Are LT forums becoming irrelevant?

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Are LT forums becoming irrelevant?

Muokkaaja: helmikuu 4, 10:48 am

I belong to a dozen or so forums here on LT. Most have gone dormant or are in danger of doing so. A few, like this one and Library of America, have relatively few posts now, although many of them are helpful or interesting. But only two are really active — Folio Society and Fine Press. Unfortunately, most FS posts now fall into the category of unhelpful chit-chat, while Fine Press has been taken over by a small group who think that most books aren’t worth discussing unless they are printed by letterpress.

I have seen references to the fact that some book discussions are taking place on Facebook, but I am not a member of it or any other social media and don’t wish to be.

Is the problem that people aren’t reading books anymore, or that they are content with their trade editions and paperbacks and e-books? Is fine book collecting going the way of stamp collecting and coin collecting, engaged in by only few diehard seniors like myself?

helmikuu 4, 11:22 am

I find myself reading my books more than LT. EP’s catslog just doesn’t interest me as much as it used to. I liked their mid-to-large series book-a-month product portfolio from years ago a hundred fold more than the DLE-in-6 payments model. The pendulum is swinging back a little in that direction, but unfortunately, in categories that I’ve already saturated.

I still buy the occasional book from EP. For instance, we’re about due for the 2023 Reader’s Choice collection soon, and there’s always 1-3 books that interest me each year. I expect that to generate some decent activity here.

EP doesn’t vary from its core design much, so there’s not a lot for people to discuss materials-wise that hasn’t already been discussed. The same can almost be said for the content, too.

There may be another factor. We’re all getting older and premium built books may be one of those luxuries the younger generation fiscally deprioritized. If I was at my starting age again in building my library, with today’s prices, I’d be buying 5-10x fewer than I did years ago.

helmikuu 4, 10:35 pm

I think the other forms of social media have a large negative effect on participation on forums like this. Video killed the radio star, as it were.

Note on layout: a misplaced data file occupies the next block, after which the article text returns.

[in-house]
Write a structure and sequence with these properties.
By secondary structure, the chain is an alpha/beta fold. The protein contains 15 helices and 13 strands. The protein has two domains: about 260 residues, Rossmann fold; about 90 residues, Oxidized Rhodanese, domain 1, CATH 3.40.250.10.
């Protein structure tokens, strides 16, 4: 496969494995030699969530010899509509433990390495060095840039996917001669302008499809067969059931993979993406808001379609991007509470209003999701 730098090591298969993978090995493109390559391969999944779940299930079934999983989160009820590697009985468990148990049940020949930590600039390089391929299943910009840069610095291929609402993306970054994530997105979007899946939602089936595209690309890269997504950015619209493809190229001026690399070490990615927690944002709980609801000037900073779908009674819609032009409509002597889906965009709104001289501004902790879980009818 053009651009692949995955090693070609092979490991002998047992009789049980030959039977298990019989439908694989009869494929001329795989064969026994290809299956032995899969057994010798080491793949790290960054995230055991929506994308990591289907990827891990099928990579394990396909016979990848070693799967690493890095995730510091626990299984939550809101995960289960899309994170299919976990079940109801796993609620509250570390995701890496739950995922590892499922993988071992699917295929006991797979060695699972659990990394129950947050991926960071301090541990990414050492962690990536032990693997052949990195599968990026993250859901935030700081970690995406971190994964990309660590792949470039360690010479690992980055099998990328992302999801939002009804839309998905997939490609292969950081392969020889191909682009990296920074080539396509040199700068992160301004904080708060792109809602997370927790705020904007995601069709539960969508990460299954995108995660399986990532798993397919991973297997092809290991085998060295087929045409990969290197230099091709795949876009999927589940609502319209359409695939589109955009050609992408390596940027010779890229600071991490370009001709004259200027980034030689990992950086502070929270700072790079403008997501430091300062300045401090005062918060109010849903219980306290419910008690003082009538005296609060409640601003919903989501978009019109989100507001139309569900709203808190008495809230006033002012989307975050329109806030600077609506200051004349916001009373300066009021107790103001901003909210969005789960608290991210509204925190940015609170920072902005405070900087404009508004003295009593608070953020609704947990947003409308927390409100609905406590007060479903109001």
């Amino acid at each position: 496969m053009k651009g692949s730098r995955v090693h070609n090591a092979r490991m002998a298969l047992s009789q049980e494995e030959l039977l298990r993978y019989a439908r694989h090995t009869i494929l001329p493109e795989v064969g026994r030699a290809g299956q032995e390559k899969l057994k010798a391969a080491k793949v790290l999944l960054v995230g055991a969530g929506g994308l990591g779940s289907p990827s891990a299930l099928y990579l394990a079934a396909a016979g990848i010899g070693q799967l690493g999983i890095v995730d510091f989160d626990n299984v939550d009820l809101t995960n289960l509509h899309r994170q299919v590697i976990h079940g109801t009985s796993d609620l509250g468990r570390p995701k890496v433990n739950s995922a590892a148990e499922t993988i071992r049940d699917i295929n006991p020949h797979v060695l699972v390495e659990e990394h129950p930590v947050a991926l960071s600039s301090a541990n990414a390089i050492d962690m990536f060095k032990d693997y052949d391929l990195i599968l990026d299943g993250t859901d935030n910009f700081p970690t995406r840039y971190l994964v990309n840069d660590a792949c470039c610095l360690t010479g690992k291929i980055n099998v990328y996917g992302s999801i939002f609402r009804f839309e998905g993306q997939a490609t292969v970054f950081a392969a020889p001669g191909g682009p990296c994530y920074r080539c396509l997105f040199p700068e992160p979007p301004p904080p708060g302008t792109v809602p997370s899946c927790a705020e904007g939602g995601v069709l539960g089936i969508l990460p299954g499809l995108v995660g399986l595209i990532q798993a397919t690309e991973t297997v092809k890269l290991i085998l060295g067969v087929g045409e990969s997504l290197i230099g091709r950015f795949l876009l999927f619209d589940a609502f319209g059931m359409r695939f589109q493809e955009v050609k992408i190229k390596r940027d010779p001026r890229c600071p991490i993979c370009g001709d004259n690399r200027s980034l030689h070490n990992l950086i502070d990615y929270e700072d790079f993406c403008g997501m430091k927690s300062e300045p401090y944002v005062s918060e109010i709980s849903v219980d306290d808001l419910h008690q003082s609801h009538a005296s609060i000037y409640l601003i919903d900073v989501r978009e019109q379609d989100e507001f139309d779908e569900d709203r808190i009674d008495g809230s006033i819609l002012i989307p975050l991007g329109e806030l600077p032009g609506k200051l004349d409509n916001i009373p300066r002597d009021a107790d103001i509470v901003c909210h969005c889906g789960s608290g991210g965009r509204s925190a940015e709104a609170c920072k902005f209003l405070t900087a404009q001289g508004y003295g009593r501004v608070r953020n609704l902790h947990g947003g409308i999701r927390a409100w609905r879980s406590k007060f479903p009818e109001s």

helmikuu 5, 5:29 am

In my case, it's also connected to Easton Press being harder to buy from abroad than other publisher's. They certainly don't make it easy these days. The very high prices are another factor.

helmikuu 5, 9:48 am

>4 SF-72:
Library of America also quit shipping out of the country during the pandemic, and they still haven’t resumed. They said delivery was sometimes taking months by which time they had already issued a refund. They also said that customs forms and regulations and the various tax laws had become so cumbersome that they had to hire an extra employee just to handle them, and it simply wasn’t worth it for so relatively few foreign customers.

I understand that such events have reduced the number of readers for these publishers, but it shouldn’t have reduced LT participation by much as most forum members are American.

By the way, some out-of-country members have reported that they are able to make EP purchases by phone even though the website doesn’t allow it. It may depend on the country.

helmikuu 5, 10:31 am

>1 jroger1:
Facebook and social media groups are maybe easier for some people if they are accessing facebook, etc. all the time anyway. An easy example is Centipede Press groups. The facebook group has 1.7K members and is very, very active. The LT Centipede press forum sometimes completely hibernates for months at a time.
Maybe one of the reasons is how easy it is to share photos on Facebook and much more complicated it is here on LT?

Also, many topics that were new a few years ago have been already discussed on LT forums extensively. Topics that have not been discussed are fewer.
You are asking/raising great questions.
I prefer LT forums to any social media groups and enjoy reading comments and posts by others, though I myself do not contribute much to discussions.
Another question is: as the forums we know become less active, are there other newer forums that are becoming exceedingly active on LT? If yes, then the answer to your original question is, no, LT forums are still not irrelevant. :)

helmikuu 5, 12:54 pm

>5 jroger1:

It used to be possible to order through email, then only by phone, then that was blocked for my country, too. The practical result is that I have to use a forwarding service with much higher shipping fees than Easton Press itself had. And all that was before Covid and before Germany established more and more aggressive limitations on what people can buy and sell from abroad without a huge amount of hassle. It was really an Easton Press thing.